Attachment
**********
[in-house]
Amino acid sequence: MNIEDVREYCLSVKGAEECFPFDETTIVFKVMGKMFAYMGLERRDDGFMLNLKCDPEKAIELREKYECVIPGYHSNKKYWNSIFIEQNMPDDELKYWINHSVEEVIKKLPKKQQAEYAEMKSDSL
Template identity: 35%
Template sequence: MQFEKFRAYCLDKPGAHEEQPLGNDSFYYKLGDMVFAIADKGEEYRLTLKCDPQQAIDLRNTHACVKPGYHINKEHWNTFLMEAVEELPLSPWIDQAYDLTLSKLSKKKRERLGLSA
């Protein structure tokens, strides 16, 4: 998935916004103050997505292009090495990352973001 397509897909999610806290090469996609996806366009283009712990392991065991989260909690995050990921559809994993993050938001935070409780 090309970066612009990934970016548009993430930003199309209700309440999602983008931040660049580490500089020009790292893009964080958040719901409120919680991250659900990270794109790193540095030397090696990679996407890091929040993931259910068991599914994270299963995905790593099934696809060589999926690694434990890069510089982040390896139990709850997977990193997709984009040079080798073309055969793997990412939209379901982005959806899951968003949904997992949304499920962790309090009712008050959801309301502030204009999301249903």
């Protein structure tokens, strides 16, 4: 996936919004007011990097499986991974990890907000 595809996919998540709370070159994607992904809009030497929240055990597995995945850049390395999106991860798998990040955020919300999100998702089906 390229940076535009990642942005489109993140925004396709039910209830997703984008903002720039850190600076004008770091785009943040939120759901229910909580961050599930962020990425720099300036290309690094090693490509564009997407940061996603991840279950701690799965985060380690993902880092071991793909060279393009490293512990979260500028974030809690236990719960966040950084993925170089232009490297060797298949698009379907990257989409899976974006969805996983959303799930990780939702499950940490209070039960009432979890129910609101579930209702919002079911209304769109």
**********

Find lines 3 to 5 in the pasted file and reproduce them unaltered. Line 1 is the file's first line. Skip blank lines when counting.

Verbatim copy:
Template identity: 35%
Template sequence: MQFEKFRAYCLDKPGAHEEQPLGNDSFYYKLGDMVFAIADKGEEYRLTLKCDPQQAIDLRNTHACVKPGYHINKEHWNTFLMEAVEELPLSPWIDQAYDLTLSKLSKKKRERLGLSA
């Protein structure tokens, strides 16, 4: 998935916004103050997505292009090495990352973001 397509897909999610806290090469996609996806366009283009712990392991065991989260909690995050990921559809994993993050938001935070409780 090309970066612009990934970016548009993430930003199309209700309440999602983008931040660049580490500089020009790292893009964080958040719901409120919680991250659900990270794109790193540095030397090696990679996407890091929040993931259910068991599914994270299963995905790593099934696809060589999926690694434990890069510089982040390896139990709850997977990193997709984009040079080798073309055969793997990412939209379901982005959806899951968003949904997992949304499920962790309090009712008050959801309301502030204009999301249903």